The economic recovery, key to bringing down the deficit
The Stability Plan for 2022-2025 presented by the Spanish government calls for a gradual reduction in the general government deficit, driven by the economic recovery, bringing it from 6.8% of GDP in 2021 down to 5.0% in 2022 and to 2.9% in 2025 (CaixaBank Research’s forecast for 2025 places it still just above 3.0%). This is based on an inertial scenario, in that it does not incorporate new measures beyond those already approved for 2022, meaning that the structural deficit remains above 3% throughout the forecast horizon. Thus, the entire reduction in the budget deficit would come from its cyclical component, which will go from a deficit of 3.3% of GDP in 2021 to a surplus of 0.2% in 2025.
The macro outlook on which the Stability Plan is based is reasonable and has the AIReF’s approval. The forecasts are for a cumulative economic growth of 12.5% between 2022 and 2025 (similar to our forecasts), with investment playing a major role in the next two years thanks to the NGEU programme.1 This means that wage pressures will remain contained and that inflation will fall sharply from 2023 onwards.
Delving into the public accounts, on the revenue side there is no tax reform in the Plan. Revenues are expected to decline moderately as a percentage of GDP to 41.3% of GDP in 2025 (43.7% in 2021) due to a moderation in non-tax revenues (which includes income from capital transfers and European funds, excluding funds from the NGEU Recovery and Resilience Facility). Specifically, non-tax revenues would go from 4.9% of GDP in 2021 to 3.3% of GDP in 2025. Nevertheless, the tax burden is expected to remain stable (taxes and social security contributions will grow in line with nominal GDP).
Public spending would fall significantly as a percentage of GDP, owing to the significant increase in nominal GDP and some containment of non-pension spending. Thus, primary public expenditure (i.e. excluding interest payments) would fall from 48.4% of GDP in 2021 to 42.2% in 2025. Most notable is the reduction (as a percentage of GDP) in employee wages, expected to shrink from 18.1% in 2021 to 16.1% in 2025. This is a plausible result in a context of strong nominal GDP growth and considering that wage rises had already been agreed prior to the inflation rally. In contrast, pension expenditure, which in theory is tied by law to inflation, is expected to continue to grow at a rate similar to nominal GDP.
As for interest charges, a key variable for debt sustainability, the Stability Plan projects that this item will continue to fall in GDP terms to 2.1% of GDP in 2025 (2.2% in 2021), thanks to GDP growth and an assumption that rates will remain very low (the Stability Plan assumes that the Spanish 10-year bond will remain stable at around 1% between 2022 and 2025, although it has recently climbed to 2.0%). In a scenario in which rates gradually rise from their current levels (e.g. with the 10-year bond at around 3.0% in 2025), the debt burden could pick up slightly in 2025, although it would still be well below the 3.0% reached in 2012,2 according to our sensitivity analysis.3
Finally, public debt would gradually decline as a percentage of GDP, but would still remain high, going from 118.4% in 2021 to 109.7% in 2025. The bulk of the reduction is due to GDP growth in nominal terms; the Plan envisages cumulative nominal GDP growth of 24.3% between 2022 and 2025.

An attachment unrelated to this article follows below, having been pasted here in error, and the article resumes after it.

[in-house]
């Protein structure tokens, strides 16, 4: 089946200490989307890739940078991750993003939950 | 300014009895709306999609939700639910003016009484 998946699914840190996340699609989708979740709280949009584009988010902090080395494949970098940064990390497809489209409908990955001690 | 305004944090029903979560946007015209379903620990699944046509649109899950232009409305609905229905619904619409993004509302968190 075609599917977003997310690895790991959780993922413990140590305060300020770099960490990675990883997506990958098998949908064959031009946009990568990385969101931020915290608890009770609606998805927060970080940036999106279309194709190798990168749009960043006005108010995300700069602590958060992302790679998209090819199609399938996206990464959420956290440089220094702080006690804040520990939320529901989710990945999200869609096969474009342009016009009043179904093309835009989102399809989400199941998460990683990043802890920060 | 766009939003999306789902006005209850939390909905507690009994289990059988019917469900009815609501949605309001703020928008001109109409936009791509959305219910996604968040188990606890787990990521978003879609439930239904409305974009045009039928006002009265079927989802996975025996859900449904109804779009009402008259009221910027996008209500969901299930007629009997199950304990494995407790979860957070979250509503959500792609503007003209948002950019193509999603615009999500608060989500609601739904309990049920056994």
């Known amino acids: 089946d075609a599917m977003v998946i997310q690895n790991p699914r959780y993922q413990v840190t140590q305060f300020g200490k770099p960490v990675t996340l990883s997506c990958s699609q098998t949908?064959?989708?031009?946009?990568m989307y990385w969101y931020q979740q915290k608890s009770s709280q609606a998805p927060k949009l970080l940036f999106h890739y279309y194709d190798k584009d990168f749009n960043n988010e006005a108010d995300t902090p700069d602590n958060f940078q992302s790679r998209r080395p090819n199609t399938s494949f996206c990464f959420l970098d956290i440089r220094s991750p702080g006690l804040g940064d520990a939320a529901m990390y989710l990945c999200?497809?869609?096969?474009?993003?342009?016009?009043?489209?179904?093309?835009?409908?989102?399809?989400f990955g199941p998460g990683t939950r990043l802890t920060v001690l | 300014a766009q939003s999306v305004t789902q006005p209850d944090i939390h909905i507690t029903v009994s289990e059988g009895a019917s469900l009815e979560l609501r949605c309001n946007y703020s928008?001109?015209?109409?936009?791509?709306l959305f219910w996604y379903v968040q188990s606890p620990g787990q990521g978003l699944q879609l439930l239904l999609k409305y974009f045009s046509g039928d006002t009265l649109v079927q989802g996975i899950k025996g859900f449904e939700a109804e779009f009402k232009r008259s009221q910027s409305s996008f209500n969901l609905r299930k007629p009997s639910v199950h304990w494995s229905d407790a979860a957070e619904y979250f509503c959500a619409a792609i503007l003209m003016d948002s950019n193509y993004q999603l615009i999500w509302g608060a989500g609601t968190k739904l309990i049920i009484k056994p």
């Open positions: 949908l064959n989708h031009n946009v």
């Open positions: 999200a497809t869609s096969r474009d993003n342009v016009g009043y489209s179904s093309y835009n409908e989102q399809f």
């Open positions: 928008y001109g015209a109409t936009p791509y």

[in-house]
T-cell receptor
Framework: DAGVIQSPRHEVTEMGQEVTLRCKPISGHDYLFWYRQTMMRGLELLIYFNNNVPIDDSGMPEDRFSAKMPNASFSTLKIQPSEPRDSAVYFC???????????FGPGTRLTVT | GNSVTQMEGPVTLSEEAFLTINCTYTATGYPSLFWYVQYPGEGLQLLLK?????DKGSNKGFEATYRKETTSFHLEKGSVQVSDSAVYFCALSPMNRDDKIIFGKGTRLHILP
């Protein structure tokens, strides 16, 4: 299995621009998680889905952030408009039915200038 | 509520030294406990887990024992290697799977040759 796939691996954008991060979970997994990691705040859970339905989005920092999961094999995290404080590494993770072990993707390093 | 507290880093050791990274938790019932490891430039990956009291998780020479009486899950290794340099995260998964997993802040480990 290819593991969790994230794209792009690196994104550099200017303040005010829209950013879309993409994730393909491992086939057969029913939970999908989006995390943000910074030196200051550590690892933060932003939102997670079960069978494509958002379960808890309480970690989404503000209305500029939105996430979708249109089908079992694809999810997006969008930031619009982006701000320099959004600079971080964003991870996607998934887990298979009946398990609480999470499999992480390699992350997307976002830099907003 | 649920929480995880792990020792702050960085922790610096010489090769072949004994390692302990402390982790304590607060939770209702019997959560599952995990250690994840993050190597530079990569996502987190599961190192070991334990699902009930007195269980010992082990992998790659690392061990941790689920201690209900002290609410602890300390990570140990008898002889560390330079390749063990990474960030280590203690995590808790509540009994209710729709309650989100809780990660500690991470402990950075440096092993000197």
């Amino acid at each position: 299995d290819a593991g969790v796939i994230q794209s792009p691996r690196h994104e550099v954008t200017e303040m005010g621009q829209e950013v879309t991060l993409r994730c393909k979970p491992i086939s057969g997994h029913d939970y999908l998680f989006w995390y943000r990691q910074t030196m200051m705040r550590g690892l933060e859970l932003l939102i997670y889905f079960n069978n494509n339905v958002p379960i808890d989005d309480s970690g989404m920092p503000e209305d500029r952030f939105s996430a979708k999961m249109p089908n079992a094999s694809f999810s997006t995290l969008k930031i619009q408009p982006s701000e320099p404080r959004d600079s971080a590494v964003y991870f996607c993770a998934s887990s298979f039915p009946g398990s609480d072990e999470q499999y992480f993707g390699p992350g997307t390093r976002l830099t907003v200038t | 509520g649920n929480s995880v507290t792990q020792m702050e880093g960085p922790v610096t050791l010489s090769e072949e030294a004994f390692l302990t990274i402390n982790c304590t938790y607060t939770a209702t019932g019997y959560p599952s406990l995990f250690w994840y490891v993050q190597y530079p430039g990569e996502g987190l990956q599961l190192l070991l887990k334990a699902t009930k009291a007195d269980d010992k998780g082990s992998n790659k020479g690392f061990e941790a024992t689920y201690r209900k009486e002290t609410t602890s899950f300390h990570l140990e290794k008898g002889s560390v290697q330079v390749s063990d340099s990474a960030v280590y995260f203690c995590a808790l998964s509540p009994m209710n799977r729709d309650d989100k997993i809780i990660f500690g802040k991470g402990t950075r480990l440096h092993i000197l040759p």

- 1. Investment in capital goods is expected to grow by 11.4%, while investment in intellectual property products is expected to accelerate by 17.5% in 2022. From 2024 onwards the positive impact of NGEU will still be apparent, through the effects of ongoing structural reforms (notably the labour reform, business climate, training and the self-consumption of energy and green hydrogen).
- 2. In 2012, public debt represented 86% of GDP, well below the current level.
- 3. See the Focus «The impact of financial conditions on Spain’s public debt burden» in the MR03/2022.
The public accounts of the future: a comparison of 2025 with the pre-pandemic world
An interesting exercise is to compare the state of the public accounts as projected by the government for 2025 in the Stability Plan with that of the pre-COVID world. There are three key outcomes worth highlighting:
- In 2025, the relative weight of the public sector in the economy will be greater than in 2019; specifically, it will be over 2.0 pps higher in GDP percentage terms. This suggests there will be a structural step change in public spending, due to factors such as the indexation of pensions to inflation4 and a structural increase in healthcare spending.
- The structural deficit will be very similar in 2025 (3.2%) to 2019 (3.5% of GDP). The reason is that, although expenditure will increase, revenues are also expected to rise to a similar degree (see third result).
- The government projects that the increase in tax revenues, following the large increase in collections in 2021, will be consolidated without the need for new tax measures. Thus, according to the Stability Plan, tax revenues as a percentage of GDP will be 1.8 pps higher in 2025 than in 2019. This is based on an inertial approach, with the assumption that tax revenues can be maintained at levels similar to 2021 (24.5% of GDP) in 2025 (the projection is 24.1%), well above that of the pre-COVID world.5 The question is whether this increase in revenues will be structural. The digitalisation of the economy during the pandemic may have reduced the shadow economy, which would support such a scenario. However, the increase in direct taxation in 2021 may be related to the exceptional measures implemented during the pandemic, such as the ERTE furlough schemes.